There are a lot of guides around the web for drafting, brainstorming, and actual writing, but I feel like there’s less about an equally important aspect of a writer’s life: Revision. Revision is actually my favorite part of the whole writing process, so it’s a phase I hold near and dear to my heart. But I know for a lot of people, it’s the very devil incarnate.
That’s why I’ve compiled some of my favorite guides for revision here. Peruse, take what you need, and get going on those edits!
For those of you who like to productively procrastinate while as part of your revision process (let’s face it, who among us does not?), this little handy guide can help you set up your writing space. Get organized and get going!
K.M. Weiland is one of my favorite bloggers in the writing circle. In this post, she walks you through the steps of coming to terms with the mess your draft is, and then she gives you recommendations for moving forward. Fabulous, fabulous guides in this post!
This method was recommended to me by my agent, Amber of Skylark Literary. It’s a great thorough guide for getting your thoughts in order and seeing what needs to change. For instance, you might come across a plot hole or other gap in the story. I have used this method before and found it very helpful in taking a mess of a draft into something shiny and polished. Speaking of…
When it’s time to start, using lists like this will make your job a bit easier. Editing at a sentence level normally comes later in the revision cycle, but it’s a vital part of the process.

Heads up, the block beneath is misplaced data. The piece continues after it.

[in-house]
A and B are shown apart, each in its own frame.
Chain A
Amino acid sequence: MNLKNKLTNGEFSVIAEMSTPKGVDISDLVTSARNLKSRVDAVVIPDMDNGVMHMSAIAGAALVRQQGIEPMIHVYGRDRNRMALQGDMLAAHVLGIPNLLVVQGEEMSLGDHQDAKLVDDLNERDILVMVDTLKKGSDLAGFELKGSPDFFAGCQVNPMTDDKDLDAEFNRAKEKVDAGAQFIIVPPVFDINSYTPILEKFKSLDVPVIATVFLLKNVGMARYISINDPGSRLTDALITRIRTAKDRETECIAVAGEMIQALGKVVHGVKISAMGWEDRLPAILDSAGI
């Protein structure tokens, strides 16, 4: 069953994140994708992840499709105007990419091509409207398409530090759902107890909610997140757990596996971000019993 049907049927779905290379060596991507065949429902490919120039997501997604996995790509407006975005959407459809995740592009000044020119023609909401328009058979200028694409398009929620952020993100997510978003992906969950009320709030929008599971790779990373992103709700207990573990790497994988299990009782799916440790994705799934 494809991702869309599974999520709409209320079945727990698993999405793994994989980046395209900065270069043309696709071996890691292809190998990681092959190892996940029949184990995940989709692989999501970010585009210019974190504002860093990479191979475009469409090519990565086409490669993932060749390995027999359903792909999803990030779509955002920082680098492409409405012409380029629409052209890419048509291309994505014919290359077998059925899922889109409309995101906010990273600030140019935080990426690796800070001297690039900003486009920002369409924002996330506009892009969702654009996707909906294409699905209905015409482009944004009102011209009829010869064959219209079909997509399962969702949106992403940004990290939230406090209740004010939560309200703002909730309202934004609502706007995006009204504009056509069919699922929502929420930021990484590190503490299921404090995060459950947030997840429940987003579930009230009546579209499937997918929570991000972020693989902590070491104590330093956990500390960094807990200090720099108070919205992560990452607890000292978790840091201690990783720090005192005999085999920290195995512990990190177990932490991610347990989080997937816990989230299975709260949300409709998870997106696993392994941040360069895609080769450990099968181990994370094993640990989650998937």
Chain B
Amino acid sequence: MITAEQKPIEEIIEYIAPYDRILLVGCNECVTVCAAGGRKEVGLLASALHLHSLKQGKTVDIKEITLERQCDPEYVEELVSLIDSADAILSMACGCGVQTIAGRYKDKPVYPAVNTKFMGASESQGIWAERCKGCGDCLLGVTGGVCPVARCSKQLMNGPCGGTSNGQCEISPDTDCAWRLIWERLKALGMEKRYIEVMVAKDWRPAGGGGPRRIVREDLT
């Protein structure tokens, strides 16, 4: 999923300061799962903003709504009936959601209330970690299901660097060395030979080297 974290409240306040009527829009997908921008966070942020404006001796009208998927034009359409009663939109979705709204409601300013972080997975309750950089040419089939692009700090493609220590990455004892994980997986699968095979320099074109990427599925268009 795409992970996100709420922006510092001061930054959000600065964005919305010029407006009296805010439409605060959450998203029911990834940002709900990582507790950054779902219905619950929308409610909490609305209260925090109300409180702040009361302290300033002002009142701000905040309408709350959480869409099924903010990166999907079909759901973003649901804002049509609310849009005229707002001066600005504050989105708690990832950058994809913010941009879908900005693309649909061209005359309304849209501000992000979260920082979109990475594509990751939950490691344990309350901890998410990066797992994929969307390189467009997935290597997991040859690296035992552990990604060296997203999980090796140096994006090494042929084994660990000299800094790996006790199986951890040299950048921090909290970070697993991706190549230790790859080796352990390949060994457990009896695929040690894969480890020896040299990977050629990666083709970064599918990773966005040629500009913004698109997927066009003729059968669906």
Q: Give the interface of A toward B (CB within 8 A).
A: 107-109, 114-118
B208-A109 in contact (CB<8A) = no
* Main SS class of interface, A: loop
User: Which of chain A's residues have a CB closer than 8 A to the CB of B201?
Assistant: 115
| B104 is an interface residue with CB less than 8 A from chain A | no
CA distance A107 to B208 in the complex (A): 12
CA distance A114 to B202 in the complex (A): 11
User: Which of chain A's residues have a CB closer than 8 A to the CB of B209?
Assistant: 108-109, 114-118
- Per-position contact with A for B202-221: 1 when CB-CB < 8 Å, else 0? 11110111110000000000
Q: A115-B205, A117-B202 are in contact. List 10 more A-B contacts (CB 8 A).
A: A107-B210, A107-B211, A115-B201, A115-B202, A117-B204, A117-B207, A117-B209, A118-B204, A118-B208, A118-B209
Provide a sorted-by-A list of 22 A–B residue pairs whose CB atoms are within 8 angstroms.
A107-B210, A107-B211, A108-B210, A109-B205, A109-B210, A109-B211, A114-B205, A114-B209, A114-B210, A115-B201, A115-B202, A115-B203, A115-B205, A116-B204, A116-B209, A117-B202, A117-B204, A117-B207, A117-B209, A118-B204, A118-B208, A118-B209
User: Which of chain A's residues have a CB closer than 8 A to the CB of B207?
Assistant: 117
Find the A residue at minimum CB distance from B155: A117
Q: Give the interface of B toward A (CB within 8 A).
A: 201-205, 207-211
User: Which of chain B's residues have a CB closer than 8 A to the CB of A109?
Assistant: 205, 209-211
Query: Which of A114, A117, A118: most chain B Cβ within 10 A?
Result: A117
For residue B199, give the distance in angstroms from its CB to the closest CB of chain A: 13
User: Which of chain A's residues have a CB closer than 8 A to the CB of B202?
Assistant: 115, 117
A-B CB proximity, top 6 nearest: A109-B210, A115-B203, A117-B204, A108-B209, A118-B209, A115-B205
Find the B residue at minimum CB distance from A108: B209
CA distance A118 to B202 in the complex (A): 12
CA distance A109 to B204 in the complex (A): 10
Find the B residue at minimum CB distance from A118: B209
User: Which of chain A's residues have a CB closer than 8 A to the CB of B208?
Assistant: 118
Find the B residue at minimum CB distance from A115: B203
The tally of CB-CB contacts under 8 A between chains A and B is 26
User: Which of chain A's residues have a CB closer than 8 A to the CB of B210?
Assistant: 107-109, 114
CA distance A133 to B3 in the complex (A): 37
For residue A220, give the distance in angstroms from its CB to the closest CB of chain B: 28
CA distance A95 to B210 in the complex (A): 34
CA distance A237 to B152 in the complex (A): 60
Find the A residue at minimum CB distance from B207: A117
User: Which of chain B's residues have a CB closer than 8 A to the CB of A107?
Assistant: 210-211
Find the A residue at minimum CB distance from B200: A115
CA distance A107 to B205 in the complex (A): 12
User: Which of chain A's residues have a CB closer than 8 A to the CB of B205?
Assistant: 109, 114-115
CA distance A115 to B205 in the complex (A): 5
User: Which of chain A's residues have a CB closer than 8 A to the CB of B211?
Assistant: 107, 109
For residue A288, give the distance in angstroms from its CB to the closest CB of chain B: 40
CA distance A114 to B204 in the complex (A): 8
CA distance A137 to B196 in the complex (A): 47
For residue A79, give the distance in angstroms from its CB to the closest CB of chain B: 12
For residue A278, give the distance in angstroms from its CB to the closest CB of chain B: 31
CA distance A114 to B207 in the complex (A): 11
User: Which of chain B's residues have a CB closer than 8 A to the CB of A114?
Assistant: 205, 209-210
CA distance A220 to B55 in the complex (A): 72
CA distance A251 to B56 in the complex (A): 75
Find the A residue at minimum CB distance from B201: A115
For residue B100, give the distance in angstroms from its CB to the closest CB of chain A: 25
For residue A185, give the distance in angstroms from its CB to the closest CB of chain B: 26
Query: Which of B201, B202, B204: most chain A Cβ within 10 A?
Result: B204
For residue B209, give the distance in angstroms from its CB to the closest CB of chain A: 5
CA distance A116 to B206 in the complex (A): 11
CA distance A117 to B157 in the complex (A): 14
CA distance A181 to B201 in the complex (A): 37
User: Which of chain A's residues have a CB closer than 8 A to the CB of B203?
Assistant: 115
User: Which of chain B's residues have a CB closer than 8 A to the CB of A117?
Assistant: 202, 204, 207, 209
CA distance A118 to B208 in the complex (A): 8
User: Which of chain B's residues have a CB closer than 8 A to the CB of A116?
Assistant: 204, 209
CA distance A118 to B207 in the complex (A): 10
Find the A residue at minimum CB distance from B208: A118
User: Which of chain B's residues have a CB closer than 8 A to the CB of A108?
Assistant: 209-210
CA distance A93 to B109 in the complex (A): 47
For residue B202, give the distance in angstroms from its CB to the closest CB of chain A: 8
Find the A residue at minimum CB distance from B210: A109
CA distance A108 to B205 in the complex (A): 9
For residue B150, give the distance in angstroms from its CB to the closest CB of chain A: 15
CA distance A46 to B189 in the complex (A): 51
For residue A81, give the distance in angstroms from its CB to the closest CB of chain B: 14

I’m personally not convinced that you can go through one round of edits and arrive at the final draft, but this guide is very detailed, thorough, and helpful. As always, adjust what you read here (or anywhere on the internet) to your personal preferences as a writer. You’ll always need to adjust whatever advice you here to match your style (or your project’s – some need different treatment than others!).
*NSFW, but Chuck Wendig’s hilarious guide is a refreshing blend of funny and true. I particularly like this bit of advice: You will do more damage to your work by being merciful. Go in cold. Emotionless. Scissors in one hand, silenced pistol in the other.
Sometimes when faced with the overwhelming prospect of editing, it can be hard to identify exactly what you should be watching out for. Here’s a great list to start you off!
Most of the suggestions on this list deal with macro problems – the big stuff. This post does a great job at looking at those micro problems, like sentence structure, grammar, and voice.
No matter what size your manuscript is, you’re going to have to do some cutting. I can almost guarantee it. This guide outlines some pretty great ways to figure out if you have fluff, with tips for how to use that manuscript space more effectively.
Please don’t try to full-out completely revise your novel in 31 days. Unless you’re a sparkly unicorn who doesn’t have any other life obligations, that’s going to be just a really terribly stressful experience. But this blog entry does do a good job of laying out a plan that you can copy into a checklist and modify to your needs.
What resources do you turn to when you need to start revising?